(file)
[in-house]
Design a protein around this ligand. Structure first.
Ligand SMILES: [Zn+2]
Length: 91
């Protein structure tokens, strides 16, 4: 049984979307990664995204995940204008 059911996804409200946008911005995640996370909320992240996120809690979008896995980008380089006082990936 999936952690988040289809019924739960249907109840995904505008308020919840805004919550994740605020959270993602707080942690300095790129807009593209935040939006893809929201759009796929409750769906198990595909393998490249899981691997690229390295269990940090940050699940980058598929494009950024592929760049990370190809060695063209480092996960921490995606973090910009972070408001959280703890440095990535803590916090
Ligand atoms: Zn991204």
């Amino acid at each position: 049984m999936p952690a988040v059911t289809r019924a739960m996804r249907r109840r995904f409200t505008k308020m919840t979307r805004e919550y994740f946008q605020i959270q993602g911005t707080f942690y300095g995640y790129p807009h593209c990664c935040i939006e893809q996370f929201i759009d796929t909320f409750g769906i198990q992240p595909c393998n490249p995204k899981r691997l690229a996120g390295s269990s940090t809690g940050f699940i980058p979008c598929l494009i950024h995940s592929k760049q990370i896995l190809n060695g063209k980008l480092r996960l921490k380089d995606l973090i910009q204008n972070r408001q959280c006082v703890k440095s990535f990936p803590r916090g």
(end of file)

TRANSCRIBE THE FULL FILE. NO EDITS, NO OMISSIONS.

[in-house]
Design a protein around this ligand. Structure first.
Ligand SMILES: [Zn+2]
Length: 91
């Protein structure tokens, strides 16, 4: 049984979307990664995204995940204008 059911996804409200946008911005995640996370909320992240996120809690979008896995980008380089006082990936 999936952690988040289809019924739960249907109840995904505008308020919840805004919550994740605020959270993602707080942690300095790129807009593209935040939006893809929201759009796929409750769906198990595909393998490249899981691997690229390295269990940090940050699940980058598929494009950024592929760049990370190809060695063209480092996960921490995606973090910009972070408001959280703890440095990535803590916090
Ligand atoms: Zn991204």
């Amino acid at each position: 049984m999936p952690a988040v059911t289809r019924a739960m996804r249907r109840r995904f409200t505008k308020m919840t979307r805004e919550y994740f946008q605020i959270q993602g911005t707080f942690y300095g995640y790129p807009h593209c990664c935040i939006e893809q996370f929201i759009d796929t909320f409750g769906i198990q992240p595909c393998n490249p995204k899981r691997l690229a996120g390295s269990s940090t809690g940050f699940i980058p979008c598929l494009i950024h995940s592929k760049q990370i896995l190809n060695g063209k980008l480092r996960l921490k380089d995606l973090i910009q204008n972070r408001q959280c006082v703890k440095s990535f990936p803590r916090g």